Russia sees ‘solid foundation’ for extending oil alliance

Saudi Energy Minister Khaled Al-Faleh, left, and Russian Energy Minister Alexander Novak talk to the media during a meeting of OPEC and non-OPEC members in Jeddah on April 20. (AFP)
Updated 20 April 2018
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Russia sees ‘solid foundation’ for extending oil alliance

  • Russia is the world’s leading producer of crude oil, pumping around 11 million barrels per day
  • Saudi Energy Minister Khaled Al-Faleh said there was “consensus” forming among oil producers to extend cooperation on a long-term basis

JEDDAH: Russia said there was a “very solid foundation” for extending cooperation between OPEC and non-OPEC countries at a meeting Friday of oil producers in Saudi Arabia.
Oil kingpin Saudi Arabia said a “consensus” was emerging for a long-term cooperation agreement.
“We have created a very solid foundation for cooperation between OPEC and non-OPEC countries in the future even beyond the declaration of cooperation,” Russian Energy Minister Alexander Novak said in the Saudi Red Sea city of Jeddah.
He was referring to a cooperation agreement between the 14-member OPEC group and 10 non-OPEC producers, led by Russia, to cut oil production by 1.8 million barrels per day to reduce oversupply.
The deal — which is due to run out at the end of 2018 — has succeeded in reducing a global glut of oil and pushed prices to over $70 a barrel from less than $30 in January 2016.
“Both consumers and producers of oil are expecting us to retain this solidarity to ensure stability and growth of the market,” Novak said at the start of a ministerial committee meeting to assess the compliance with the cuts.
Russia is the world’s leading producer of crude oil, pumping around 11 million bpd and its approval of the alliance is crucial to its success.
Saudi Energy Minister Khaled Al-Faleh said there was “consensus” forming among oil producers to extend cooperation on a long-term basis.
“There will be an extended framework of cooperation ... There is a consensus emerging. We need to do that,” he told reporters ahead of the Jeddah meeting.
“We are at the stage of setting a long-term framework” beyond 2018, added Faleh, whose country is the world’s top crude exporter.
Although reports indicate that a significant portion of oil glut has been removed from the market, Faleh warned that more work needs to be done.
He said that the inventory levels were still higher than the normal average and “we have not seen the low season,” when demand for oil drops, he said.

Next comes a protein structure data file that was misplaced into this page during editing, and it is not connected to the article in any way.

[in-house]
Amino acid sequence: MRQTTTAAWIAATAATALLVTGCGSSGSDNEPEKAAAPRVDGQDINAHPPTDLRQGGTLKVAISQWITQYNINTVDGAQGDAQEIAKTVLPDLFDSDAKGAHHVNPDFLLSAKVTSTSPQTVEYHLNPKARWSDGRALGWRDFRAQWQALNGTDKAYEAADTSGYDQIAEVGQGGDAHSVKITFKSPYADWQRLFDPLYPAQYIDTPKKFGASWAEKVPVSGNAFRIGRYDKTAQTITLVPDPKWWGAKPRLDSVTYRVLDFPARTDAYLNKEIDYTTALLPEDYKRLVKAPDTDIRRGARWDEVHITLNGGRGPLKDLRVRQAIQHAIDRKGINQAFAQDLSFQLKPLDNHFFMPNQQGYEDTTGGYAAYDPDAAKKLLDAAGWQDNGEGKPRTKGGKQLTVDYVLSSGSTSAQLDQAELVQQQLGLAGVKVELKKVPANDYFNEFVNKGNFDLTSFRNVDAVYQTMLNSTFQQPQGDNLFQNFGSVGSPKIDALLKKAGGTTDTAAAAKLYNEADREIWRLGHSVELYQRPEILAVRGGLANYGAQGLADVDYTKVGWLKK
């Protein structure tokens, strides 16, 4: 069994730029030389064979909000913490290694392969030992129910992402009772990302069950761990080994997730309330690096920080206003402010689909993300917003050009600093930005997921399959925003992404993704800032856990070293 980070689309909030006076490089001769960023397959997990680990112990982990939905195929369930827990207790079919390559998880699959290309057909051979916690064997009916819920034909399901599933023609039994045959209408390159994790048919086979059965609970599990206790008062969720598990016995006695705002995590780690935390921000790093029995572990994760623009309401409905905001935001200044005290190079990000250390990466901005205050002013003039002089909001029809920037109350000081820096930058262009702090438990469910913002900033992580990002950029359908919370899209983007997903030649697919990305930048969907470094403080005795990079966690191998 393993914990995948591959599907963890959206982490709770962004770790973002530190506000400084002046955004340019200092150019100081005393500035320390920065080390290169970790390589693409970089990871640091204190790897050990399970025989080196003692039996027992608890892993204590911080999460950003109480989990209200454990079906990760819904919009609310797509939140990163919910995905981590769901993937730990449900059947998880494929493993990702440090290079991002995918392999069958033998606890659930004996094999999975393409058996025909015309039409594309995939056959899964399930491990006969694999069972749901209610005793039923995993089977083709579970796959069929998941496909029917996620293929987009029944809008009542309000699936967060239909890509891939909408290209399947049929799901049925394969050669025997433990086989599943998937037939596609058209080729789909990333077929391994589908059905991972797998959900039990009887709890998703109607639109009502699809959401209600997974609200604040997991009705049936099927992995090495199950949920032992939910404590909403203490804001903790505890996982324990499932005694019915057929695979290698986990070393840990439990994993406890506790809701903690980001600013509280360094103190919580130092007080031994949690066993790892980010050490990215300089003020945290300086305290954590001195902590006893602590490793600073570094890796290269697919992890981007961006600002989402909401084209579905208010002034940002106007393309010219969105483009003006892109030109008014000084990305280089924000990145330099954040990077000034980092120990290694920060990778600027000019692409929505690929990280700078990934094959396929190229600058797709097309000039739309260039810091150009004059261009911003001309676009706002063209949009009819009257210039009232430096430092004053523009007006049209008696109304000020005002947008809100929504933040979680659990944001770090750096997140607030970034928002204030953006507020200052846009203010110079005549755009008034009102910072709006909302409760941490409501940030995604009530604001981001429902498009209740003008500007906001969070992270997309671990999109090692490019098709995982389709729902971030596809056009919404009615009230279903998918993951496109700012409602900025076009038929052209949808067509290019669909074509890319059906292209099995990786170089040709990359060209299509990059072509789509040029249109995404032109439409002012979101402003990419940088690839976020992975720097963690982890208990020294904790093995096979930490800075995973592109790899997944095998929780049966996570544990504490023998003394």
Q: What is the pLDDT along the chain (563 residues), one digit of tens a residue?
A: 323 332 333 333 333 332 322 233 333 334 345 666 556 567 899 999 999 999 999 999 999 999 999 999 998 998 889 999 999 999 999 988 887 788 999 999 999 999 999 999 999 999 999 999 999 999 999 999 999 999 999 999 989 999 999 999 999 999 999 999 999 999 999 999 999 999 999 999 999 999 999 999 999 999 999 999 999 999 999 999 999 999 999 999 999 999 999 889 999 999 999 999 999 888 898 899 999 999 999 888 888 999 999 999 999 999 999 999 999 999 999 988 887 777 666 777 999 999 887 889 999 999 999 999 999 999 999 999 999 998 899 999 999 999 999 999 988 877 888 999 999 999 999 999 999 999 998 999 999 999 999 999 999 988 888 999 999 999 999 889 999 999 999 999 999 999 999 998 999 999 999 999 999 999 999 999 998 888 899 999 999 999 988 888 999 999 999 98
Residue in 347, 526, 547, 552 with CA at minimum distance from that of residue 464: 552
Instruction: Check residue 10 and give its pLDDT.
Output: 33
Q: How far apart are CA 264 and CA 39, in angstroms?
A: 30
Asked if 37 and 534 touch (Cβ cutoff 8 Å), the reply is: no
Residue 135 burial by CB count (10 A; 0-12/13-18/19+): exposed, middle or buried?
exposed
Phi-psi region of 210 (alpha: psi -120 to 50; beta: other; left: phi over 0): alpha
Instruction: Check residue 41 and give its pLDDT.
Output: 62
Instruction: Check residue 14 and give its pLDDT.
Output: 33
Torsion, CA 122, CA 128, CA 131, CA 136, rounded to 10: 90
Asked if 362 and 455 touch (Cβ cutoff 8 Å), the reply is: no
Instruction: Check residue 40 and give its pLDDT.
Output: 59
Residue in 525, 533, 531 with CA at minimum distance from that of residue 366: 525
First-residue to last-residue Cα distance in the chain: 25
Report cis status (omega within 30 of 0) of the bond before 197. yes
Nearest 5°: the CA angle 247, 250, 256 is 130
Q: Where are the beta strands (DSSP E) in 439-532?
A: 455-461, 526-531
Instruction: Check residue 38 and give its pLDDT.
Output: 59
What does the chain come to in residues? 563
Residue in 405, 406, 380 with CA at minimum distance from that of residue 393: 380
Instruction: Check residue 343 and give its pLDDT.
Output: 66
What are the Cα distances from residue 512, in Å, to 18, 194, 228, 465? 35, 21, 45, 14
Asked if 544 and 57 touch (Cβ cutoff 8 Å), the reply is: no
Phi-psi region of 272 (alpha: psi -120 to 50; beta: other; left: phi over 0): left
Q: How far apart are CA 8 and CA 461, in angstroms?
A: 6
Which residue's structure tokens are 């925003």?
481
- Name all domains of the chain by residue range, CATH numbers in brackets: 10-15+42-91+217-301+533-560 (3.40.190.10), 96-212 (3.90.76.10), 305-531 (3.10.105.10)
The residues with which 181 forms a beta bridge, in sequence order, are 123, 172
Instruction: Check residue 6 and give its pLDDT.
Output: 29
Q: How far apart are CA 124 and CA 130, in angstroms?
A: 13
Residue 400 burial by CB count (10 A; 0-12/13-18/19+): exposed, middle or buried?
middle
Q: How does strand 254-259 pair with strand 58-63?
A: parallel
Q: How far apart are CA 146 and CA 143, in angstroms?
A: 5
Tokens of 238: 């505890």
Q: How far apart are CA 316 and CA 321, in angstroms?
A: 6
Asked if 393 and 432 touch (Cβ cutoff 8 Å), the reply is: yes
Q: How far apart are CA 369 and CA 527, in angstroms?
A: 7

Novak said that the production cuts agreement, which came into effect at the start of 2017, has removed some 300 million barrels of surplus crude from the market.


Jair Bolsonaro uses WEF platform to sell a ‘new Brazil’ to Davos elite

Updated 50 min 46 sec ago
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Jair Bolsonaro uses WEF platform to sell a ‘new Brazil’ to Davos elite

DAVOS, Switzerland: Brazil’s new president, Jair Bolsonaro, threw out the welcome mat for big business and major investors on Tuesday, telling a summit of CEOs at the World Economic Forum in Davos that his government would make the country one of the top 50 in which to do business.
Bolsonaro said he would work to open up Brazil’s relatively closed economy, reduce and simplify taxes, privatise assets and give his new justice minister the tools to tackle corruption and organized crime.
The newly-elected Brazilian president told the audience that he was “moved and honored” to be addressing the good and the great at Davos, calling the forum an opportunity to show the world a revamped Brazil that he was building.
“I want to introduce to all of you the new Brazil we are building,” he said. “We are committed to changing our history.”
He reassured political and business leaders in attendance that his government has the credibility and the tools required to reform his country.
Big investment to turn Brazil into a global tourist destination was the main thrust of Bolsonaro’s speech. But given the importance placed on climate change and protecting the natural world, he was keen to point out that he would strive to preserve the environment while developing the economy — saying policies on the two “should go hand-in-hand.”
Bolsonaro surfed a populist wave last year to ride to power, vowing an end to rampant corruption and a restoration of law and order in Brazil.
But staging his first foreign trip as president, Bolsonaro has left behind a scandal about suspicious payments involving his politician son Flavio Bolsonaro, who denies any wrongdoing.
Focusing instead on a pro-business message at the WEF, Bolsonaro told his well-heeled audience that he was determined to open up Brazil’s economy.